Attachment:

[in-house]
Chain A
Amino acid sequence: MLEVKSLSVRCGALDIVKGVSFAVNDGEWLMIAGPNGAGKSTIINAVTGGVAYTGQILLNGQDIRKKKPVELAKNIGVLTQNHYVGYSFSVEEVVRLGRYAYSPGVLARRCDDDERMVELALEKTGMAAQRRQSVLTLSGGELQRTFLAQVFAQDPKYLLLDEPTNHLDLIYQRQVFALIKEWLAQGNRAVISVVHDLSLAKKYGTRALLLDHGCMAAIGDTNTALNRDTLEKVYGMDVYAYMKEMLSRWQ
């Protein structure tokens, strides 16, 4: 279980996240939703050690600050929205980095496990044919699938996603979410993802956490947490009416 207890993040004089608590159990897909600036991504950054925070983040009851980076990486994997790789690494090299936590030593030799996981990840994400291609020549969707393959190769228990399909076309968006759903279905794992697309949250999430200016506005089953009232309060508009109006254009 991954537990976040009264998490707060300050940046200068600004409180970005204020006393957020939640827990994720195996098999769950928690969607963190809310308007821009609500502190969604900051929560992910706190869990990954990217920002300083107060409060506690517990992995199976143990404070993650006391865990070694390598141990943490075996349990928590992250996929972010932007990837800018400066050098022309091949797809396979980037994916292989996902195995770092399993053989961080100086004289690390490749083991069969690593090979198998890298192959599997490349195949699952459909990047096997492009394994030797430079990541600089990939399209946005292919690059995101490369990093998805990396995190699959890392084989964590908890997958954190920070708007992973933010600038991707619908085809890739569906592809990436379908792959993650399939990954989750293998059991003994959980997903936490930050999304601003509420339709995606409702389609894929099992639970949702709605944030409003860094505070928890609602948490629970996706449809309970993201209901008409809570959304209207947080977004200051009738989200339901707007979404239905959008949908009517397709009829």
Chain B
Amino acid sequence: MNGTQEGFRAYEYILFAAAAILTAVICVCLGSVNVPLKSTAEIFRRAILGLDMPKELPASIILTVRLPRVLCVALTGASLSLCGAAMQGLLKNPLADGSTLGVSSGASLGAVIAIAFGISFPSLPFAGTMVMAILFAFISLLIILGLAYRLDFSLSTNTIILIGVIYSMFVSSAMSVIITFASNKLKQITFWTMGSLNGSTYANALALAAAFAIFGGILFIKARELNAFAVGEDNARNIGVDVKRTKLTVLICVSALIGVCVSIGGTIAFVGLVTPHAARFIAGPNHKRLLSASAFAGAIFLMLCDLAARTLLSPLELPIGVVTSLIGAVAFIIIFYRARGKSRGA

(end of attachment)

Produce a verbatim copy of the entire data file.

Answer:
[in-house]
Chain A
Amino acid sequence: MLEVKSLSVRCGALDIVKGVSFAVNDGEWLMIAGPNGAGKSTIINAVTGGVAYTGQILLNGQDIRKKKPVELAKNIGVLTQNHYVGYSFSVEEVVRLGRYAYSPGVLARRCDDDERMVELALEKTGMAAQRRQSVLTLSGGELQRTFLAQVFAQDPKYLLLDEPTNHLDLIYQRQVFALIKEWLAQGNRAVISVVHDLSLAKKYGTRALLLDHGCMAAIGDTNTALNRDTLEKVYGMDVYAYMKEMLSRWQ
């Protein structure tokens, strides 16, 4: 279980996240939703050690600050929205980095496990044919699938996603979410993802956490947490009416 207890993040004089608590159990897909600036991504950054925070983040009851980076990486994997790789690494090299936590030593030799996981990840994400291609020549969707393959190769228990399909076309968006759903279905794992697309949250999430200016506005089953009232309060508009109006254009 991954537990976040009264998490707060300050940046200068600004409180970005204020006393957020939640827990994720195996098999769950928690969607963190809310308007821009609500502190969604900051929560992910706190869990990954990217920002300083107060409060506690517990992995199976143990404070993650006391865990070694390598141990943490075996349990928590992250996929972010932007990837800018400066050098022309091949797809396979980037994916292989996902195995770092399993053989961080100086004289690390490749083991069969690593090979198998890298192959599997490349195949699952459909990047096997492009394994030797430079990541600089990939399209946005292919690059995101490369990093998805990396995190699959890392084989964590908890997958954190920070708007992973933010600038991707619908085809890739569906592809990436379908792959993650399939990954989750293998059991003994959980997903936490930050999304601003509420339709995606409702389609894929099992639970949702709605944030409003860094505070928890609602948490629970996706449809309970993201209901008409809570959304209207947080977004200051009738989200339901707007979404239905959008949908009517397709009829």
Chain B
Amino acid sequence: MNGTQEGFRAYEYILFAAAAILTAVICVCLGSVNVPLKSTAEIFRRAILGLDMPKELPASIILTVRLPRVLCVALTGASLSLCGAAMQGLLKNPLADGSTLGVSSGASLGAVIAIAFGISFPSLPFAGTMVMAILFAFISLLIILGLAYRLDFSLSTNTIILIGVIYSMFVSSAMSVIITFASNKLKQITFWTMGSLNGSTYANALALAAAFAIFGGILFIKARELNAFAVGEDNARNIGVDVKRTKLTVLICVSALIGVCVSIGGTIAFVGLVTPHAARFIAGPNHKRLLSASAFAGAIFLMLCDLAARTLLSPLELPIGVVTSLIGAVAFIIIFYRARGKSRGA